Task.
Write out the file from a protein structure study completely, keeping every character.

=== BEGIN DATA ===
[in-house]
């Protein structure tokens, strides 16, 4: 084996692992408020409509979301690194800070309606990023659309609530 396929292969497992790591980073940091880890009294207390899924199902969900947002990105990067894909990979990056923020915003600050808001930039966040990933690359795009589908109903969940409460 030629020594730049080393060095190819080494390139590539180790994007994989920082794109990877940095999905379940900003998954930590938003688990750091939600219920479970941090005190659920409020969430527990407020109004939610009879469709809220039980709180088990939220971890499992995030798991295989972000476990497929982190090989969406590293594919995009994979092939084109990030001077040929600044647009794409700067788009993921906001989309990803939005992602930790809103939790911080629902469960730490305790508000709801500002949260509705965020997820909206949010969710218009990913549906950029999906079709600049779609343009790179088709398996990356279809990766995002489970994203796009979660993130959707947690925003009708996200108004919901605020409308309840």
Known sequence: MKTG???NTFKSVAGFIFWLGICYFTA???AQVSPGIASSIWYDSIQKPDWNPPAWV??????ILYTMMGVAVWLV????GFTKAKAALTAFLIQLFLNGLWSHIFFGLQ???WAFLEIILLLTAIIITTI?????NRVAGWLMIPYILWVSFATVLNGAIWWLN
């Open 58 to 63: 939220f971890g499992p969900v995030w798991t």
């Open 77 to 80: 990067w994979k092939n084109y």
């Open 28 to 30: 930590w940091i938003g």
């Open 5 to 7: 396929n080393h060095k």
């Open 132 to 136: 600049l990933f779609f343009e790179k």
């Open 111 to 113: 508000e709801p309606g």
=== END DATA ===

[in-house]
């Protein structure tokens, strides 16, 4: 084996692992408020409509979301690194800070309606990023659309609530 396929292969497992790591980073940091880890009294207390899924199902969900947002990105990067894909990979990056923020915003600050808001930039966040990933690359795009589908109903969940409460 030629020594730049080393060095190819080494390139590539180790994007994989920082794109990877940095999905379940900003998954930590938003688990750091939600219920479970941090005190659920409020969430527990407020109004939610009879469709809220039980709180088990939220971890499992995030798991295989972000476990497929982190090989969406590293594919995009994979092939084109990030001077040929600044647009794409700067788009993921906001989309990803939005992602930790809103939790911080629902469960730490305790508000709801500002949260509705965020997820909206949010969710218009990913549906950029999906079709600049779609343009790179088709398996990356279809990766995002489970994203796009979660993130959707947690925003009708996200108004919901605020409308309840």
Known sequence: MKTG???NTFKSVAGFIFWLGICYFTA???AQVSPGIASSIWYDSIQKPDWNPPAWV??????ILYTMMGVAVWLV????GFTKAKAALTAFLIQLFLNGLWSHIFFGLQ???WAFLEIILLLTAIIITTI?????NRVAGWLMIPYILWVSFATVLNGAIWWLN
């Open 58 to 63: 939220f971890g499992p969900v995030w798991t």
């Open 77 to 80: 990067w994979k092939n084109y």
């Open 28 to 30: 930590w940091i938003g």
């Open 5 to 7: 396929n080393h060095k």
């Open 132 to 136: 600049l990933f779609f343009e790179k």
């Open 111 to 113: 508000e709801p309606g």